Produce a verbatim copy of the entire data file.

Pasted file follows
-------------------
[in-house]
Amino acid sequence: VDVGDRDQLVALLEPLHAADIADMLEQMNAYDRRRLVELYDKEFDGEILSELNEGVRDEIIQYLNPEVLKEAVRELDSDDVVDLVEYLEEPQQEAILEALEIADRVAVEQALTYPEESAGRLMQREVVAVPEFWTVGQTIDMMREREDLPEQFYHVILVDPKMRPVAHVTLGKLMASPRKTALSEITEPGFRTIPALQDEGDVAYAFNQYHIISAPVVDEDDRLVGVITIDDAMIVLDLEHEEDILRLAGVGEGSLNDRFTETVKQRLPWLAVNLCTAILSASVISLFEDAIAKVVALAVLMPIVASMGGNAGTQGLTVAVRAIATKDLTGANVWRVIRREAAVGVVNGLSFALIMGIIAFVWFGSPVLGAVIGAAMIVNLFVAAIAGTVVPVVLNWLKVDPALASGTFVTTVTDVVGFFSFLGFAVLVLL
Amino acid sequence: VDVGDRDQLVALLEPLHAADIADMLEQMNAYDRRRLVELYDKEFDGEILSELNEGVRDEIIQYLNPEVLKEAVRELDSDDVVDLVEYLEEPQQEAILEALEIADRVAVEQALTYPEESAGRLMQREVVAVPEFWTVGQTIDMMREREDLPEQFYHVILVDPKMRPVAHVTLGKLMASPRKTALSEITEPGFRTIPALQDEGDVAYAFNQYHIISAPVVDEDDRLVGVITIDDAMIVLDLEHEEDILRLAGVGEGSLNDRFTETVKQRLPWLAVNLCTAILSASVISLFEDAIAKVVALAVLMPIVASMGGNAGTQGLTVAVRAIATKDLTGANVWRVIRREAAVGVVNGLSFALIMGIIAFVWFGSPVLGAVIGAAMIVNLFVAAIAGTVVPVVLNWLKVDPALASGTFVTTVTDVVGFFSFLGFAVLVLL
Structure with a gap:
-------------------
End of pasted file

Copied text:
[in-house]
Amino acid sequence: VDVGDRDQLVALLEPLHAADIADMLEQMNAYDRRRLVELYDKEFDGEILSELNEGVRDEIIQYLNPEVLKEAVRELDSDDVVDLVEYLEEPQQEAILEALEIADRVAVEQALTYPEESAGRLMQREVVAVPEFWTVGQTIDMMREREDLPEQFYHVILVDPKMRPVAHVTLGKLMASPRKTALSEITEPGFRTIPALQDEGDVAYAFNQYHIISAPVVDEDDRLVGVITIDDAMIVLDLEHEEDILRLAGVGEGSLNDRFTETVKQRLPWLAVNLCTAILSASVISLFEDAIAKVVALAVLMPIVASMGGNAGTQGLTVAVRAIATKDLTGANVWRVIRREAAVGVVNGLSFALIMGIIAFVWFGSPVLGAVIGAAMIVNLFVAAIAGTVVPVVLNWLKVDPALASGTFVTTVTDVVGFFSFLGFAVLVLL
Amino acid sequence: VDVGDRDQLVALLEPLHAADIADMLEQMNAYDRRRLVELYDKEFDGEILSELNEGVRDEIIQYLNPEVLKEAVRELDSDDVVDLVEYLEEPQQEAILEALEIADRVAVEQALTYPEESAGRLMQREVVAVPEFWTVGQTIDMMREREDLPEQFYHVILVDPKMRPVAHVTLGKLMASPRKTALSEITEPGFRTIPALQDEGDVAYAFNQYHIISAPVVDEDDRLVGVITIDDAMIVLDLEHEEDILRLAGVGEGSLNDRFTETVKQRLPWLAVNLCTAILSASVISLFEDAIAKVVALAVLMPIVASMGGNAGTQGLTVAVRAIATKDLTGANVWRVIRREAAVGVVNGLSFALIMGIIAFVWFGSPVLGAVIGAAMIVNLFVAAIAGTVVPVVLNWLKVDPALASGTFVTTVTDVVGFFSFLGFAVLVLL
Structure with a gap: